July 2013

Calculating Side and Corner Triangles



Setting quilt blocks on point in a diagonal setting creates triangular spaces on the edges and in the corners that need to be filled in to make the quilt square. Use these simple calculations to determine what size triangles to cut for those spaces.

Calculating Side Triangles

Lay the quilt blocks out on the floor, or put them on a design wall, arranged in the desired diagonal setting.

Count how many side triangles are necessary. Do not include the corners.

The total number of triangles = (a).

Divide the total number of triangles by 4 = (b). Round up to the nearest whole number. This gives the number of squares of fabric you will need to cut.

Take the diagonal measurement of a block used in the quilt = (c). Add 2 inches to that measurement. The total = (d).

Cut the number of squares of fabric (b) to the measurement in (d). For example if (b) is 6 squares and your measurement (d) is 15 inches, you will cut 6 – 15 inch squares.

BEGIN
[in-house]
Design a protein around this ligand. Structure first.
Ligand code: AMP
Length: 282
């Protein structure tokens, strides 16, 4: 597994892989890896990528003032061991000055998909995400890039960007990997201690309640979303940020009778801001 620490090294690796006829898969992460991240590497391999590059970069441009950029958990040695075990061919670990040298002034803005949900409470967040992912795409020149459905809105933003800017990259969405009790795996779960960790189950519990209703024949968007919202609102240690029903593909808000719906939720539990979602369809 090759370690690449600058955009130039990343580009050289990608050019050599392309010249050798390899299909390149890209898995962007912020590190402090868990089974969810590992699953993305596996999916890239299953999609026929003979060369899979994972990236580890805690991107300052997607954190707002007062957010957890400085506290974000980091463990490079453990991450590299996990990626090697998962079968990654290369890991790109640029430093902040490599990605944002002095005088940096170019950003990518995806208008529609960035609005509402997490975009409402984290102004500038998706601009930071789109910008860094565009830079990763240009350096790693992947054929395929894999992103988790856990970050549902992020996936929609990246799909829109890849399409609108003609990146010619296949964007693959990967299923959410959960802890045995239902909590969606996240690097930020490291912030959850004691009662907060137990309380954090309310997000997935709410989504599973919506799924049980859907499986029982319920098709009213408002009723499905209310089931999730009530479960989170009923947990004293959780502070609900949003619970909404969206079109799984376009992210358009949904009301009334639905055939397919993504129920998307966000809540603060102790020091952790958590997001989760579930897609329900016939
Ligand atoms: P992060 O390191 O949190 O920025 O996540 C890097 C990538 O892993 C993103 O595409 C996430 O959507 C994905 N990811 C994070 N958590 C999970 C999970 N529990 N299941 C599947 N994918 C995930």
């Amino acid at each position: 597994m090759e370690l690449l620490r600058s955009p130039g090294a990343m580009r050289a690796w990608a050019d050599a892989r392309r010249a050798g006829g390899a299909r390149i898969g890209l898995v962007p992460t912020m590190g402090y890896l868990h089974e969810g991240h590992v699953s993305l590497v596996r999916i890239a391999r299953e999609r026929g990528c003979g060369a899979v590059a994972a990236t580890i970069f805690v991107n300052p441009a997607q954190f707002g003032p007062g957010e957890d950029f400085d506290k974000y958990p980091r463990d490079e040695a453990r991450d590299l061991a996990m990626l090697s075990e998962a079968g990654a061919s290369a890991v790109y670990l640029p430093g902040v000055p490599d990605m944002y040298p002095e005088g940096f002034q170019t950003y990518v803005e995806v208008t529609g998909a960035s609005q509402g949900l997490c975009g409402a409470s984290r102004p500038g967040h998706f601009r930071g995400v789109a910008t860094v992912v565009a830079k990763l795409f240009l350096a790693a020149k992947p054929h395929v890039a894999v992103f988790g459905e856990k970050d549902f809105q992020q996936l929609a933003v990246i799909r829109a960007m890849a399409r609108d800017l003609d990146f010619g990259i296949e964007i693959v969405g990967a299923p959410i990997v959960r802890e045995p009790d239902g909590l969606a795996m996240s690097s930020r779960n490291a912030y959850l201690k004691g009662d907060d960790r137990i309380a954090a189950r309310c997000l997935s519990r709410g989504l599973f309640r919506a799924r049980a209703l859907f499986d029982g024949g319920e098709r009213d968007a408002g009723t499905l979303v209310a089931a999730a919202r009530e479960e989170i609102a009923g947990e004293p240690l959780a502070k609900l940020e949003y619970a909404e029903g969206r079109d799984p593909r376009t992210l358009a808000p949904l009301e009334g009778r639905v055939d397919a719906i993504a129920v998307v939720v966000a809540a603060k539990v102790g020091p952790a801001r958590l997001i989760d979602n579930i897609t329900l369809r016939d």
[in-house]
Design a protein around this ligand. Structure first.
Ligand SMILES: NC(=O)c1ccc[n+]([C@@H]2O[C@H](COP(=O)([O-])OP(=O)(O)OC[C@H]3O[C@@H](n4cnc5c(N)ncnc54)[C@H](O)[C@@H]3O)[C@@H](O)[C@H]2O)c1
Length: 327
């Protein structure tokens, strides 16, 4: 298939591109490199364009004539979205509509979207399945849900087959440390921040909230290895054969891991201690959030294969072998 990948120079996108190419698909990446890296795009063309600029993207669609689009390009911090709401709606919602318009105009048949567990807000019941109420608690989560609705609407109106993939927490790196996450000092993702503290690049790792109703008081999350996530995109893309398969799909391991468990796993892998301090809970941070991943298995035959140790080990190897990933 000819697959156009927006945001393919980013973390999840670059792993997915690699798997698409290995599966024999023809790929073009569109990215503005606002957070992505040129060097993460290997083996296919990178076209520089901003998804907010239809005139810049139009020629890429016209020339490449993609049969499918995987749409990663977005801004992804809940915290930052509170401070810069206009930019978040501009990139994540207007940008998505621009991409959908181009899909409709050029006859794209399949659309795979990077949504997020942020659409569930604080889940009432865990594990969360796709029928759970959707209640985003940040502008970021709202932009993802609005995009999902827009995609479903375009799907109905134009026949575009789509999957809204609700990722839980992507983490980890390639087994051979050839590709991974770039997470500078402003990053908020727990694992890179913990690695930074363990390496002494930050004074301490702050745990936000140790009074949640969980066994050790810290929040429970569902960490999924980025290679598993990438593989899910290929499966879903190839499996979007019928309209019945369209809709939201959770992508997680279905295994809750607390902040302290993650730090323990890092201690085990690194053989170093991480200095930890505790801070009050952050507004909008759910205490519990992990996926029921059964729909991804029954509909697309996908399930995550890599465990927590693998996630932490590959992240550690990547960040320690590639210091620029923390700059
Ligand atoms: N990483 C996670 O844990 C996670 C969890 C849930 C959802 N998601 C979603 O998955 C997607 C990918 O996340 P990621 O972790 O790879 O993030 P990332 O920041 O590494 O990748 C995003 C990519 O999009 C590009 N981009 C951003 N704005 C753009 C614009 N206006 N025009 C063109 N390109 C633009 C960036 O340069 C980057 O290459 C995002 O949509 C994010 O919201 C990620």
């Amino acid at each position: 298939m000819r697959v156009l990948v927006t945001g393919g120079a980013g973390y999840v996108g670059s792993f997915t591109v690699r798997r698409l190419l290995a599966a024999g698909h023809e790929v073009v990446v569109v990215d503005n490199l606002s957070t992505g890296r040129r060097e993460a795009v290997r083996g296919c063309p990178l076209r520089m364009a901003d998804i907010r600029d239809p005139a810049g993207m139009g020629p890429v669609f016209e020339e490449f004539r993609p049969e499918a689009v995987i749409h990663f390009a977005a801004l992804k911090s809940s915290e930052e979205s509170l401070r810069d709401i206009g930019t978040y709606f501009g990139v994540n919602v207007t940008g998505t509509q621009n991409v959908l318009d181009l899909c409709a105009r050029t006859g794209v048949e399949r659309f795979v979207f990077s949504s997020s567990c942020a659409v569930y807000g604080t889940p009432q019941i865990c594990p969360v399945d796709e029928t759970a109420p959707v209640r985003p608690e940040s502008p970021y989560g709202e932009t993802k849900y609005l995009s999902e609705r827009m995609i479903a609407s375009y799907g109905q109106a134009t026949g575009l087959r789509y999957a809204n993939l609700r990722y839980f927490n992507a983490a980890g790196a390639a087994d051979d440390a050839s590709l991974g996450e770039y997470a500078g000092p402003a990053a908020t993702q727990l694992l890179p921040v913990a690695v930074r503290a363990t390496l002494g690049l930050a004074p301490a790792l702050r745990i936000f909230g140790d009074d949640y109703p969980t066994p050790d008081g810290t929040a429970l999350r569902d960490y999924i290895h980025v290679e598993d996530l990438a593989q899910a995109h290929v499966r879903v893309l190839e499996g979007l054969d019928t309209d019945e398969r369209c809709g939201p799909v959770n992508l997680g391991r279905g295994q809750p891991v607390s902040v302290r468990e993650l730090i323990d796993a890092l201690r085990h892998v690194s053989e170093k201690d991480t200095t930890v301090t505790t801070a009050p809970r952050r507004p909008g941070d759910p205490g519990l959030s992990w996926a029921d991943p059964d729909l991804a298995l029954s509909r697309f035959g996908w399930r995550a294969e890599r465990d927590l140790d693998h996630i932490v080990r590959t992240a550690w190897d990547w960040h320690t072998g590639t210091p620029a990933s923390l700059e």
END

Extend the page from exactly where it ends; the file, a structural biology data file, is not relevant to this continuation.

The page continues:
Cut each square into quarters diagonally.

Lay these triangles around the edges of the quilt.

Calculating Corner Triangles

Cut two squares of fabric the size of your blocks, plus 1 1/2 inches. For example, if the blocks in the quilt are 12 inches, cut two 13 1/2 inch blocks. Cut these in half diagonally

Place these triangles in the corners of the quilt.

Note: These triangles will be slightly larger than necessary, but the excess can be trimmed away when the borders or binding is added, ensuring that the edges of the quilt will be even and square.

Using some simple math calculations, you can easily determine the size of the triangles to cut for finishing your diagonal setting. Experiment with using a different color or print in the side and corner triangles to make the blocks appear as if they are floating on the background.

Until next time,




Learn How to Hand Quilt

hand quilt


Interested in learning how to hand quilt? Read this article!

Color Tools for Quilters

Lately, I have been doing more writing about quilting than actually quilting, which is frustrating. I have a guild show in September and I am racing to finish my entry. So, I thought I would share some of what I have been writing over at Answers.com.


This article offers some links to fun color tools online that are useful for quilters and other artists. I hope you will read it and watch out – these sites are addictive!

Until next time,